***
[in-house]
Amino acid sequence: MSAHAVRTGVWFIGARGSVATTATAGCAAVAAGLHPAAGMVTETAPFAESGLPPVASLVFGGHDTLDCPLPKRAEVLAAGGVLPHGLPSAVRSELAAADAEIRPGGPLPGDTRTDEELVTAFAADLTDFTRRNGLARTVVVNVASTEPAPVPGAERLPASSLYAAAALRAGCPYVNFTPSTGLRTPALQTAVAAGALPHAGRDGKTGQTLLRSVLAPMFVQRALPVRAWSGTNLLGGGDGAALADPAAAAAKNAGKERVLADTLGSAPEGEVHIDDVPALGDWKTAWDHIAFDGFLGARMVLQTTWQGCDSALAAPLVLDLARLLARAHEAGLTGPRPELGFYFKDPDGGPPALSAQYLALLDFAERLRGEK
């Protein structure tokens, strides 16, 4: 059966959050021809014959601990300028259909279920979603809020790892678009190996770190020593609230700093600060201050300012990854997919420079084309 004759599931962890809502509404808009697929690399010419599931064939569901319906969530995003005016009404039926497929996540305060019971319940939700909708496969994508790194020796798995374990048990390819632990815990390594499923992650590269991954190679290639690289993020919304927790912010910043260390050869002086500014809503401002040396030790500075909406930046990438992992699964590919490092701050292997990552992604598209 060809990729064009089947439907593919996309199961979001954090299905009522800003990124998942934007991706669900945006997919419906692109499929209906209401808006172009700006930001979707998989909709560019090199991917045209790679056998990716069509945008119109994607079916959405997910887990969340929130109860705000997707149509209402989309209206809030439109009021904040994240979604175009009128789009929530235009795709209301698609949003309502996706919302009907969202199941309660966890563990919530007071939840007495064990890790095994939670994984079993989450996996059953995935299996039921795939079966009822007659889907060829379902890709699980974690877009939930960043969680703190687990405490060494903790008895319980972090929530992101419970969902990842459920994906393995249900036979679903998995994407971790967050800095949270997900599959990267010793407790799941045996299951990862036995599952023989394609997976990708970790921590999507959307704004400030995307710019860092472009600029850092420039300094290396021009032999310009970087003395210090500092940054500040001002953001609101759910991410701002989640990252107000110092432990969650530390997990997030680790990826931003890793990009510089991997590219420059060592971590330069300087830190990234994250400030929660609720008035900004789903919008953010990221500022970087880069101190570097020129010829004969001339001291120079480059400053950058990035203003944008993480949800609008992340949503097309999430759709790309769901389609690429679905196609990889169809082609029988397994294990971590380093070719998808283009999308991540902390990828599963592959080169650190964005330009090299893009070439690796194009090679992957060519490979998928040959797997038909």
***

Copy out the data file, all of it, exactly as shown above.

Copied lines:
[in-house]
Amino acid sequence: MSAHAVRTGVWFIGARGSVATTATAGCAAVAAGLHPAAGMVTETAPFAESGLPPVASLVFGGHDTLDCPLPKRAEVLAAGGVLPHGLPSAVRSELAAADAEIRPGGPLPGDTRTDEELVTAFAADLTDFTRRNGLARTVVVNVASTEPAPVPGAERLPASSLYAAAALRAGCPYVNFTPSTGLRTPALQTAVAAGALPHAGRDGKTGQTLLRSVLAPMFVQRALPVRAWSGTNLLGGGDGAALADPAAAAAKNAGKERVLADTLGSAPEGEVHIDDVPALGDWKTAWDHIAFDGFLGARMVLQTTWQGCDSALAAPLVLDLARLLARAHEAGLTGPRPELGFYFKDPDGGPPALSAQYLALLDFAERLRGEK
């Protein structure tokens, strides 16, 4: 059966959050021809014959601990300028259909279920979603809020790892678009190996770190020593609230700093600060201050300012990854997919420079084309 004759599931962890809502509404808009697929690399010419599931064939569901319906969530995003005016009404039926497929996540305060019971319940939700909708496969994508790194020796798995374990048990390819632990815990390594499923992650590269991954190679290639690289993020919304927790912010910043260390050869002086500014809503401002040396030790500075909406930046990438992992699964590919490092701050292997990552992604598209 060809990729064009089947439907593919996309199961979001954090299905009522800003990124998942934007991706669900945006997919419906692109499929209906209401808006172009700006930001979707998989909709560019090199991917045209790679056998990716069509945008119109994607079916959405997910887990969340929130109860705000997707149509209402989309209206809030439109009021904040994240979604175009009128789009929530235009795709209301698609949003309502996706919302009907969202199941309660966890563990919530007071939840007495064990890790095994939670994984079993989450996996059953995935299996039921795939079966009822007659889907060829379902890709699980974690877009939930960043969680703190687990405490060494903790008895319980972090929530992101419970969902990842459920994906393995249900036979679903998995994407971790967050800095949270997900599959990267010793407790799941045996299951990862036995599952023989394609997976990708970790921590999507959307704004400030995307710019860092472009600029850092420039300094290396021009032999310009970087003395210090500092940054500040001002953001609101759910991410701002989640990252107000110092432990969650530390997990997030680790990826931003890793990009510089991997590219420059060592971590330069300087830190990234994250400030929660609720008035900004789903919008953010990221500022970087880069101190570097020129010829004969001339001291120079480059400053950058990035203003944008993480949800609008992340949503097309999430759709790309769901389609690429679905196609990889169809082609029988397994294990971590380093070719998808283009999308991540902390990828599963592959080169650190964005330009090299893009070439690796194009090679992957060519490979998928040959797997038909």